Gunmen storm Malian capital resort in Bamako, two people killed


At least two people have been killed after gunmen stormed a popular tourist resort on the outskirts of Mali’s capital, Bamako, according to officials.

Malian troops and soldiers from France’s Bakhane counter-terrorist force headed to the scene after the luxury Campement de Kangaba resort, which is frequented by top officials and foreigners, came under attack on Sunday.

Local residents reported hearing shots fired while smoke billowed into the air.

“It is a jihadist attack. Malian special forces intervened and about 20 hostages have been released,” Security Minister Salif Traore told the AFP news agency.

“Unfortunately for the moment there are two dead, including a Franco-Gabonese.”

A security ministry official said government troops “have sealed off the area and are in the process of organising operations” against the attackers.

Andrea de Georgio, a freelance journalist in Bamako, also quoted officials as saying that at least two people were killed.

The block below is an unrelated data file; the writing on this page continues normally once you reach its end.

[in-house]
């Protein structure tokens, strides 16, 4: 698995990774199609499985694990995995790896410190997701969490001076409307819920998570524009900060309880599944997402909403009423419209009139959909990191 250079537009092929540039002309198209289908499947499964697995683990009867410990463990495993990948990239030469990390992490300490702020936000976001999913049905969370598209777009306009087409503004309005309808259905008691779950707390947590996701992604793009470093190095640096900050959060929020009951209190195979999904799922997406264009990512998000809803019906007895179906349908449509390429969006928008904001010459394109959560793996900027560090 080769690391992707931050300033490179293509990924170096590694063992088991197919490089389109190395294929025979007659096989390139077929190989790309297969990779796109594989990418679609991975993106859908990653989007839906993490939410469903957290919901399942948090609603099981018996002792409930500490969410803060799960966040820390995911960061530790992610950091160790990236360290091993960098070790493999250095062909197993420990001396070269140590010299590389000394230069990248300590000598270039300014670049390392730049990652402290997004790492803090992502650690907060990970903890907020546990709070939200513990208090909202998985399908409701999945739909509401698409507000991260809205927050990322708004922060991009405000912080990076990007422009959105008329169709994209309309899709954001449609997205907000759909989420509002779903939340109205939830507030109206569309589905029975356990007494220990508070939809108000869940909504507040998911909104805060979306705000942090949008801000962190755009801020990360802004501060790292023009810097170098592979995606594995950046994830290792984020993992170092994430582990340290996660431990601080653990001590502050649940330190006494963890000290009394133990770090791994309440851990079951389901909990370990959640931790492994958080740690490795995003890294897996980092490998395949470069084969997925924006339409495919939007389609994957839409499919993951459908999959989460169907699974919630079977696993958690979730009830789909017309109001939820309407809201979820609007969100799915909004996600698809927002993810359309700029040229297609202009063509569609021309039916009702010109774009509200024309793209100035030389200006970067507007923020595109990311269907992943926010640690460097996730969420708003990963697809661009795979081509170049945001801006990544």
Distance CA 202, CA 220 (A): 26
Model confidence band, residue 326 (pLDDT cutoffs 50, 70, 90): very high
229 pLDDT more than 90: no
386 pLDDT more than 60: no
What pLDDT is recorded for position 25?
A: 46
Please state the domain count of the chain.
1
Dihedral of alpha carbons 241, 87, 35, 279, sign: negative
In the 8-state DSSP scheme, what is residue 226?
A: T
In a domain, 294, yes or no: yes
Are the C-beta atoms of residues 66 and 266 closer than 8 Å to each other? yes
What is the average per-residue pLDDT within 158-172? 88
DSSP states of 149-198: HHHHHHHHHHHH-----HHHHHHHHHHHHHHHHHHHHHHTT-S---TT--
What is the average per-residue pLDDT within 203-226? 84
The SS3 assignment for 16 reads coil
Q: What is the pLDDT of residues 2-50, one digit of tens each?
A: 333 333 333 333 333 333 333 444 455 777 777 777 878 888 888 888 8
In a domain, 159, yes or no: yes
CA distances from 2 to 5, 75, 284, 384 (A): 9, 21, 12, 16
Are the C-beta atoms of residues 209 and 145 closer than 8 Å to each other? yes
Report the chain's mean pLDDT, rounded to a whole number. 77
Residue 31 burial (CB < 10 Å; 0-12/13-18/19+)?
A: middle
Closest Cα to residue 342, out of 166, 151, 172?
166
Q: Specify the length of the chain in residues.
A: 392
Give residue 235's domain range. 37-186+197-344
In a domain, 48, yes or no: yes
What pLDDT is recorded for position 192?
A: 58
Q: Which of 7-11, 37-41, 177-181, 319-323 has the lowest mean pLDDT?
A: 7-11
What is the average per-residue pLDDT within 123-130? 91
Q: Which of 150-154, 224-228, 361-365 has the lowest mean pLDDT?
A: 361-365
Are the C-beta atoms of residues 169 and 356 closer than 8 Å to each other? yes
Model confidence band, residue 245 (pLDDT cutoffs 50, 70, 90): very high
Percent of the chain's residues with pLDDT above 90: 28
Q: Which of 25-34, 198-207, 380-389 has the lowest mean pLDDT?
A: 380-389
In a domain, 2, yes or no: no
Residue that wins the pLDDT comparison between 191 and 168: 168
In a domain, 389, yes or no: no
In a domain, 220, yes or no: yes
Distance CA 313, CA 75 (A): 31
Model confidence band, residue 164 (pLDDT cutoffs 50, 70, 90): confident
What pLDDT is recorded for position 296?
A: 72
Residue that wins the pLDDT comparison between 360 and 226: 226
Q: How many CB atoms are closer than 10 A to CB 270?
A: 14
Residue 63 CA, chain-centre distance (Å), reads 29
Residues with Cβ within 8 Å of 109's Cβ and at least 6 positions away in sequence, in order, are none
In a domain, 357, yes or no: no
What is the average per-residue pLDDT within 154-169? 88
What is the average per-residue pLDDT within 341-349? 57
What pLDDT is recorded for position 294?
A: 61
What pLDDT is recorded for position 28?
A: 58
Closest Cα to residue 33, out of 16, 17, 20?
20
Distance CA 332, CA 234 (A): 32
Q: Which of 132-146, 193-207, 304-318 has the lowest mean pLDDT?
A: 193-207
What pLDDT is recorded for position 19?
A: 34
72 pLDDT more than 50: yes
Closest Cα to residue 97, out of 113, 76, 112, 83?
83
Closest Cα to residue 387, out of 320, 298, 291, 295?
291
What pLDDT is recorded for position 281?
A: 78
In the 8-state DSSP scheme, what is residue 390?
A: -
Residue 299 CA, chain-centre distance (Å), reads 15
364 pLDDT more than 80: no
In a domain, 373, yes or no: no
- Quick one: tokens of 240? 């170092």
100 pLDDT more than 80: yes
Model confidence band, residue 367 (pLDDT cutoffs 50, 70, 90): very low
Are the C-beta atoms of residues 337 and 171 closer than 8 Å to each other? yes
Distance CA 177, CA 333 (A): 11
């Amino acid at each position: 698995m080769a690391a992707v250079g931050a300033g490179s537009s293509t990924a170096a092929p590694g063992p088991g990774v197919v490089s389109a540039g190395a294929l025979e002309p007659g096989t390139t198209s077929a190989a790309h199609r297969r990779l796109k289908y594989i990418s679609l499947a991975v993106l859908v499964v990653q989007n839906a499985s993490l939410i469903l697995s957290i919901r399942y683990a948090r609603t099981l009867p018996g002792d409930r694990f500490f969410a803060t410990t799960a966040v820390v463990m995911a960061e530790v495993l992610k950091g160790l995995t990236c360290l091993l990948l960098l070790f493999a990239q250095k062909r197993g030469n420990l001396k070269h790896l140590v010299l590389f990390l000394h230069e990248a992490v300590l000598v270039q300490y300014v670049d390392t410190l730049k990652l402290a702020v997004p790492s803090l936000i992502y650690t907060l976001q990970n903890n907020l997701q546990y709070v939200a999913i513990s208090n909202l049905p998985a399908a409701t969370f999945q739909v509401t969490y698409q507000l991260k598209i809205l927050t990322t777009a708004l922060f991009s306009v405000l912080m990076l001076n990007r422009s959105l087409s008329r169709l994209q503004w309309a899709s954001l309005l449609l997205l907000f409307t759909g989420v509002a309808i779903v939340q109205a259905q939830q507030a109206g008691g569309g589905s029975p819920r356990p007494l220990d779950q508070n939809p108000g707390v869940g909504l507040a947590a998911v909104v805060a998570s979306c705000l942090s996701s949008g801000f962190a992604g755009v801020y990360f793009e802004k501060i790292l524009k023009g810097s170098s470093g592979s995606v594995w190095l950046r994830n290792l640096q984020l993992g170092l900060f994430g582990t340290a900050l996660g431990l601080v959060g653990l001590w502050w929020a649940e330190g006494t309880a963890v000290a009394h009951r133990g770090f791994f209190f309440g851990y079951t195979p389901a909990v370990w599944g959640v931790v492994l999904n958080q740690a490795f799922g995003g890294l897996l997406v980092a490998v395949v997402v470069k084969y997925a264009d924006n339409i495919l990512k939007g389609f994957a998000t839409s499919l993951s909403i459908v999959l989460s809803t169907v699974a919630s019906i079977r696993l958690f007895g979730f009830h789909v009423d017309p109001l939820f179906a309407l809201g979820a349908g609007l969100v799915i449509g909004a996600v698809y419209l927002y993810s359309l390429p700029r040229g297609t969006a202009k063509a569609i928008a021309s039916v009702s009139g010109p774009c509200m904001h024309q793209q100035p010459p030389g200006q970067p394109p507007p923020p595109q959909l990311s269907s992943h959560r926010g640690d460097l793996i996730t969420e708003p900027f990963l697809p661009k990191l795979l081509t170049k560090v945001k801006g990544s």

The resort is located about 10km outside of the city, making it harder for authorities to reach, he told Al Jazeera.
“It is very exposed to danger,” de Georgio said, adding that the attack was “well-organised”.

The west African country has been battling armed rebellion for several years, with fighters roaming the north and centre of Mali.Tourist resort in Malian capital Bamako under attack

Security threats

The US embassy in Bamako had warned earlier this month “of a possible increased threat of attacks against Western diplomatic missions, places of worship, and other locations in Bamako where Westerners frequent”.

In November 2015, gunmen took guests and staff hostage at the luxury Radisson Blu hotel in Bamako in a siege that left at least 20 people dead, including 14 foreigners.

That attack was claimed by al-Qaeda’s North African affiliate, the al-Qaeda in the Islamic Maghreb (AQIM) group.

A state of emergency has been renewed several times since the Radisson Blu attack, most recently in April when it was extended for six months.

The United Nations has a 12,000-strong force in Mali known as MINUSMA, which began operations in 2013.

It has been targeted constantly by armed fighters, with dozens of peacekeepers killed, including five on Saturday.




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